Life En Route

Internet Access

We require reliable Internet access for work, so Internet was another one of those categories where we didn’t want to hold back. We have a robust solution that hasn’t failed us yet.

The primary sources of Internet for RVers are 4G/LTE unlimited plans. You can get plans from $25/mo to several hundred dollars per month, that appear to do the same thing on the surface. Unfortunately, that’s not quite how it works.

Your bandwidth on a cell tower is delegated based on your plan – if the tower is nearly empty, you will probably have good performance with any plan. However, as the tower becomes congested, it will prioritize bandwidth according to where your plan lies on their network. Third party resellers – those like Cricket, etc are usually lowest on the totem pole. Native enterprise plans, on the other hand, are usually at the top of the priority list.

Due to that, we pay for grandfathered enterprise unlimited plans for both AT&T and Verizon through a reseller; bundling the plans together costs around over $239/mo. That’s not cheap, but we use 600GB-1TB per month on them, without issue.

In addition to cell signal, we’re now beta testing Starlink.

Moochdocking with family in Pittston, PA.

Starlink uses LEO satellites to provide connectivity, and runs about $100/mo. When it’s available, which is currently in limited areas but expanding rapidly, it’s high-bandwidth and low-latency, and so far seems to be reliable. There are no data caps with Starlink at this time.

With the service figured out, we needed a good solution for a modem/router. You can use individual hot spots, but we wanted a more powerful device and settled on a Cradlepoint AER1600 router after trying several alternatives.

The AER1600 router has a modular modem port, and we upgraded from the original CAT6 modem to a Cat18 modem, keeping the Cat6 as a backup. Cat18 is the latest modem technology with the most bands and available performance – having access to more bands means having an edge when struggling to find signal.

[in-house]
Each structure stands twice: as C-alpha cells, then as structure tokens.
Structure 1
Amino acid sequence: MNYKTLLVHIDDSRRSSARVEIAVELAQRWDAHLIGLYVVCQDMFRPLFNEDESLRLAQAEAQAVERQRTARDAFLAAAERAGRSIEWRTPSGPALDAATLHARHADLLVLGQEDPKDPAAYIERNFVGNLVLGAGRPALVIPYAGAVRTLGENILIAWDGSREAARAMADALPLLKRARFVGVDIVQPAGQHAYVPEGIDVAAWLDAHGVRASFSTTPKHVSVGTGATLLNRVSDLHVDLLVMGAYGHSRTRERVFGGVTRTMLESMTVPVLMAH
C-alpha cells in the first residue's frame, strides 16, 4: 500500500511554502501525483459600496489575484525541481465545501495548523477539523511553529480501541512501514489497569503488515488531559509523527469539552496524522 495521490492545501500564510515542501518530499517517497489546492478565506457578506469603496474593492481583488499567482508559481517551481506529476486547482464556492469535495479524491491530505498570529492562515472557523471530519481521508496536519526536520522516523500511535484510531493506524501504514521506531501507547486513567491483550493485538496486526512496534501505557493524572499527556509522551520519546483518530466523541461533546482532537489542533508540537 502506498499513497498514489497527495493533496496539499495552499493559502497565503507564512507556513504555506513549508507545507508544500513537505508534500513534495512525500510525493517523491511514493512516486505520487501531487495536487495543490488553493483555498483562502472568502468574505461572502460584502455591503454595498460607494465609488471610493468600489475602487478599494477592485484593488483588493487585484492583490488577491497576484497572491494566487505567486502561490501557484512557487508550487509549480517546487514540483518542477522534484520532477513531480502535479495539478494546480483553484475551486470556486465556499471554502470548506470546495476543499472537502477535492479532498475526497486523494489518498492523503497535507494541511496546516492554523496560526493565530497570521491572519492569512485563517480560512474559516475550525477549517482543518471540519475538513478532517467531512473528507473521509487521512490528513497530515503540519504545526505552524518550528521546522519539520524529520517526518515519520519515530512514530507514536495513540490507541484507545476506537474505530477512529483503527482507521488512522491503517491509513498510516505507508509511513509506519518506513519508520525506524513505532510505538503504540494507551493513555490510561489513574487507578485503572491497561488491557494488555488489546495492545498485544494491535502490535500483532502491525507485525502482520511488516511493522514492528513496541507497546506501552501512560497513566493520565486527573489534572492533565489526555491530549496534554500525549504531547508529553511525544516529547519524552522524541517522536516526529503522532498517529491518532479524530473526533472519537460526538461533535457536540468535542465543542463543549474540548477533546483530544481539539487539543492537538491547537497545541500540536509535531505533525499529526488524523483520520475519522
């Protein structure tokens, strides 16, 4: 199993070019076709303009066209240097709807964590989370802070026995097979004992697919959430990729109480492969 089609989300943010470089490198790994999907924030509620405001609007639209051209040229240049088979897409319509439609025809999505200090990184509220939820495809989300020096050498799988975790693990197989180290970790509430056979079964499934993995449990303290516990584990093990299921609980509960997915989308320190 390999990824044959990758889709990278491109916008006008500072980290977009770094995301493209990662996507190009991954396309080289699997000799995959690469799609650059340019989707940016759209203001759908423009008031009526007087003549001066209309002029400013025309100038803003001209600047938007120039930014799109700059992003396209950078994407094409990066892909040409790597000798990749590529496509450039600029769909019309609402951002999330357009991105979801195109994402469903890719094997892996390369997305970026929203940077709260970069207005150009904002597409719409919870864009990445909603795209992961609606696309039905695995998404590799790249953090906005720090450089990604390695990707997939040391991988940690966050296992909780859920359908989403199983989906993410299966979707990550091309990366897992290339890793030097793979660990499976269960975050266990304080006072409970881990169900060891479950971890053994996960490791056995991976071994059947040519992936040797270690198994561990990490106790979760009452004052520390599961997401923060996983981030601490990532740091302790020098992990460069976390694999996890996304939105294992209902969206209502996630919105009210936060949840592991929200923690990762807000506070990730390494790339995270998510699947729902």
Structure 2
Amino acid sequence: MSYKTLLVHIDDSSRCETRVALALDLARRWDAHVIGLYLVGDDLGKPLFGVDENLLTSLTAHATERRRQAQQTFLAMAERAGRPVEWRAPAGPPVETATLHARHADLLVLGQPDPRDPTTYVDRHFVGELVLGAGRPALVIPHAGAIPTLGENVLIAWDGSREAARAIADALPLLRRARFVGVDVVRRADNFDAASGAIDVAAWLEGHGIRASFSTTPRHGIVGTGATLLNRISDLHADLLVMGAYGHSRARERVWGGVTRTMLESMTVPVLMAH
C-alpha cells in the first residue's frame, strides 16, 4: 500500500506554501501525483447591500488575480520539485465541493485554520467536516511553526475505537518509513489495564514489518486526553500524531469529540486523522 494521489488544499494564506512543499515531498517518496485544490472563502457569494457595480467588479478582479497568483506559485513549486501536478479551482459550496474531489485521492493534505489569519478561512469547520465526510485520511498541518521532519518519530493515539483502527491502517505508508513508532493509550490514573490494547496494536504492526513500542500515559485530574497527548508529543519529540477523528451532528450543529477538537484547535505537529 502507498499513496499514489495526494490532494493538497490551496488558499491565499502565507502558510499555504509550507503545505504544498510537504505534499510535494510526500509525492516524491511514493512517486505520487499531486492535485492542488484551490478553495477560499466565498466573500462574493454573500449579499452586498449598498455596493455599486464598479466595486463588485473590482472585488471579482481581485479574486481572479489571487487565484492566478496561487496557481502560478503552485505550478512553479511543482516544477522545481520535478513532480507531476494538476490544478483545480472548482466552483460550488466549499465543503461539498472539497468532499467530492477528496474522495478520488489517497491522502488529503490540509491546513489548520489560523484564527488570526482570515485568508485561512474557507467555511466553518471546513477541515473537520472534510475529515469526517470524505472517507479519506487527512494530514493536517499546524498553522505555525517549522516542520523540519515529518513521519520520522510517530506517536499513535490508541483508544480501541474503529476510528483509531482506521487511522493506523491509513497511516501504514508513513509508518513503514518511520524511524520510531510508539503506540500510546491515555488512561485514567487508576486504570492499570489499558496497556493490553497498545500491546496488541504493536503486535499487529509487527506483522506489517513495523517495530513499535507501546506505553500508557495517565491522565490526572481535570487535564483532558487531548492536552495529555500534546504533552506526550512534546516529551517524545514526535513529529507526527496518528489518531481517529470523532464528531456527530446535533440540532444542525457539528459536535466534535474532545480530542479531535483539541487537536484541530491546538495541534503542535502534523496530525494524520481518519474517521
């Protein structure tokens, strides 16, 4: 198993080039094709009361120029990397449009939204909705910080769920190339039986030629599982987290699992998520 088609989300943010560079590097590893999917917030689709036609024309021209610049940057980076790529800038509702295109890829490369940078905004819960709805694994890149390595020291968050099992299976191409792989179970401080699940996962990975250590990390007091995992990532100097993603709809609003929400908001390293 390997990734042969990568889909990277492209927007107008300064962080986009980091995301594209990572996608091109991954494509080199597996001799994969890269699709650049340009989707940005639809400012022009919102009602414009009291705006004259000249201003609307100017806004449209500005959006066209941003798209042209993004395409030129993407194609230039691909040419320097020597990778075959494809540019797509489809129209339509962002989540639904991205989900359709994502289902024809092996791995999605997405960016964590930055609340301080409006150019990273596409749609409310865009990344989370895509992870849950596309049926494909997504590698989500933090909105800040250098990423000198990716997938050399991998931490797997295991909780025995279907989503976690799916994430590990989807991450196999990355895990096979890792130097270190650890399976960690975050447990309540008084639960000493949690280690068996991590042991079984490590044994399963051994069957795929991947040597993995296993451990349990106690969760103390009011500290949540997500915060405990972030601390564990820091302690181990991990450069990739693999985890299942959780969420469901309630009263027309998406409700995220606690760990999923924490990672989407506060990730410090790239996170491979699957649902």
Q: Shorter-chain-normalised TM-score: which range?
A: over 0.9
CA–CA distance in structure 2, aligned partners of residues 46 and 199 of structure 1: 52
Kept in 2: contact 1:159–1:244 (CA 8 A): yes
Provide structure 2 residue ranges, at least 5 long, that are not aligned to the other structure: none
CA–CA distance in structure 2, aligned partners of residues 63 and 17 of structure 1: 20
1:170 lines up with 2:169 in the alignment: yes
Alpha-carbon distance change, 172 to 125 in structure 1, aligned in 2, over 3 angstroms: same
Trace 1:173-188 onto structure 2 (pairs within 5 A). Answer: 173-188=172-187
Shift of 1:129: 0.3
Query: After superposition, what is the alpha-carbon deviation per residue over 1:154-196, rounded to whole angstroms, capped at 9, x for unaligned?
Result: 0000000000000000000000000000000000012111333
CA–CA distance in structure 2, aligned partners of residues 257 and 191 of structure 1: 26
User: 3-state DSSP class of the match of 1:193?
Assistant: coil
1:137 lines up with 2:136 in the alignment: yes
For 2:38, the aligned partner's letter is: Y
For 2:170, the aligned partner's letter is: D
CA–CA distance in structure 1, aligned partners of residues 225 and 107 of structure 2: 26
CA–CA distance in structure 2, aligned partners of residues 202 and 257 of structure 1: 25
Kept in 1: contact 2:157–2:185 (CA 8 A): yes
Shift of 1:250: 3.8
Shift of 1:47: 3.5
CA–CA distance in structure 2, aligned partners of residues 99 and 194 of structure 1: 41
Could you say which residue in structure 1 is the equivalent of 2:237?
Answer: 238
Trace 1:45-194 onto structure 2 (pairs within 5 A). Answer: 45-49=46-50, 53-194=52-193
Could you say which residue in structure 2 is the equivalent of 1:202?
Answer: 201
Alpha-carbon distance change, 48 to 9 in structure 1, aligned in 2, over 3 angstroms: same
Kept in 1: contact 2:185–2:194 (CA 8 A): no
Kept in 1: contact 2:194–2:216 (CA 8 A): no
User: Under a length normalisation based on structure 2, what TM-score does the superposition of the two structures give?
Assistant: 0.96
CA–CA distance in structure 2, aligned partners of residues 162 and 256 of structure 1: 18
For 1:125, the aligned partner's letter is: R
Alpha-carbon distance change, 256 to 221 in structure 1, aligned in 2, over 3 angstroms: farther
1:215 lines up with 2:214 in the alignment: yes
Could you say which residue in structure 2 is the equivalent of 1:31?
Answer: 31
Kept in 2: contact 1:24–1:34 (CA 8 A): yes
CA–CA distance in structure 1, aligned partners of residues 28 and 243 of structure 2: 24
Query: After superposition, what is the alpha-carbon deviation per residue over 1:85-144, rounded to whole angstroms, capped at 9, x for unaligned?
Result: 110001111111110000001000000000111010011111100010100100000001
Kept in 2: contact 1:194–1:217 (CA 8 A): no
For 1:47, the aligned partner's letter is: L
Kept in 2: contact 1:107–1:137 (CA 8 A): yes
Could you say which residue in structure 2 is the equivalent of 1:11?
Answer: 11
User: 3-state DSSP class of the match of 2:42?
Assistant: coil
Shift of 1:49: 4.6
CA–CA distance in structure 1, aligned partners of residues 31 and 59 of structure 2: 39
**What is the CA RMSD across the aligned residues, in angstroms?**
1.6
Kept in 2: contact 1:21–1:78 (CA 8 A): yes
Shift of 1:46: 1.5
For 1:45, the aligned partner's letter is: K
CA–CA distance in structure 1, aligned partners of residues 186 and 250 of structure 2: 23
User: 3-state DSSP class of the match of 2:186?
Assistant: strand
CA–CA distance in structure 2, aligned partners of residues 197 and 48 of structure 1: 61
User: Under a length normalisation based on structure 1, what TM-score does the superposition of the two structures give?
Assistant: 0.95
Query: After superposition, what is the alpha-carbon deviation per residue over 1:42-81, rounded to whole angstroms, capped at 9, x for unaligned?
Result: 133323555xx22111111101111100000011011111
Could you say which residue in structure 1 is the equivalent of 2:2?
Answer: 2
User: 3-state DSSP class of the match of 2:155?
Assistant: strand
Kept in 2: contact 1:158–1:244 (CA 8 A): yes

The modem supports dual SIMs with automatic carrier selection, so the same device is used for both AT&T and Verizon, and the router uses some user-defined health-check criteria to choose which carrier to use.

It also has a WAN port, that you can configure it to prefer, if the connection passes specific health tests. We use that to preference Starlink over 4G/LTE, when it is available.

For low-signal locations, where we can’t get usable signal with antennas alone, we use a cell phone booster. The model we have is a weBoost Drive 4G-X, with external antennas. We often find ourselves in situations where we can use our mast-mounted antennas for Internet access and achieve much better speeds than with the weBoost, but need to use the weBoost to make calls. Other times, the weBoost is our last resort and the only way to reach the Internet.

For higher signal locations in the fifth wheel or when using the WeBoost, we use the antennas the Cradlepoint comes with. In the truck camper we use an external Panorama Mako 4×4 antenna.

For lower signal locations in the fifth wheel, we have a 2×2 MIMO setup that consists of two log-periodic antennas mounted on a mast.

With multiple antenna solutions, a booster, solid cellular plans, and Starlink, we haven’t found but a couple locations that we couldn’t have usable Internet.